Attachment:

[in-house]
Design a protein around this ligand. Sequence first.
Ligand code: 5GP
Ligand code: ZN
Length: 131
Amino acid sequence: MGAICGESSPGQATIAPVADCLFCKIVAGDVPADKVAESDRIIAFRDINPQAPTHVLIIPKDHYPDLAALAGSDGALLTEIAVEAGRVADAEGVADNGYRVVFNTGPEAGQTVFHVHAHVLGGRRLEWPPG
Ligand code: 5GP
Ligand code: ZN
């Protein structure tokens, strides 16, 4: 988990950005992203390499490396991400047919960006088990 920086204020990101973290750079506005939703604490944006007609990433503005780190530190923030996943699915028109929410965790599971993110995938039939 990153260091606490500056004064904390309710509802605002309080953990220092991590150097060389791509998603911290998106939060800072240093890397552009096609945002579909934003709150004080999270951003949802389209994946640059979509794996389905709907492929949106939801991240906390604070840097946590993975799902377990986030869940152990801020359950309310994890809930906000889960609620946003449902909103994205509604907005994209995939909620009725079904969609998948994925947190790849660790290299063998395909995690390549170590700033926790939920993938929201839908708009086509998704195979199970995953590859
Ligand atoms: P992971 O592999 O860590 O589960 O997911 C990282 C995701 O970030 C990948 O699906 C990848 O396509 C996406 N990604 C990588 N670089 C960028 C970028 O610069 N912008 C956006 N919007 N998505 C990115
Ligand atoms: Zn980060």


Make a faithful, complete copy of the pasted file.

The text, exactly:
[in-house]
Design a protein around this ligand. Sequence first.
Ligand code: 5GP
Ligand code: ZN
Length: 131
Amino acid sequence: MGAICGESSPGQATIAPVADCLFCKIVAGDVPADKVAESDRIIAFRDINPQAPTHVLIIPKDHYPDLAALAGSDGALLTEIAVEAGRVADAEGVADNGYRVVFNTGPEAGQTVFHVHAHVLGGRRLEWPPG
Ligand code: 5GP
Ligand code: ZN
């Protein structure tokens, strides 16, 4: 988990950005992203390499490396991400047919960006088990 920086204020990101973290750079506005939703604490944006007609990433503005780190530190923030996943699915028109929410965790599971993110995938039939 990153260091606490500056004064904390309710509802605002309080953990220092991590150097060389791509998603911290998106939060800072240093890397552009096609945002579909934003709150004080999270951003949802389209994946640059979509794996389905709907492929949106939801991240906390604070840097946590993975799902377990986030869940152990801020359950309310994890809930906000889960609620946003449902909103994205509604907005994209995939909620009725079904969609998948994925947190790849660790290299063998395909995690390549170590700033926790939920993938929201839908708009086509998704195979199970995953590859
Ligand atoms: P992971 O592999 O860590 O589960 O997911 C990282 C995701 O970030 C990948 O699906 C990848 O396509 C996406 N990604 C990588 N670089 C960028 C970028 O610069 N912008 C956006 N919007 N998505 C990115
Ligand atoms: Zn980060």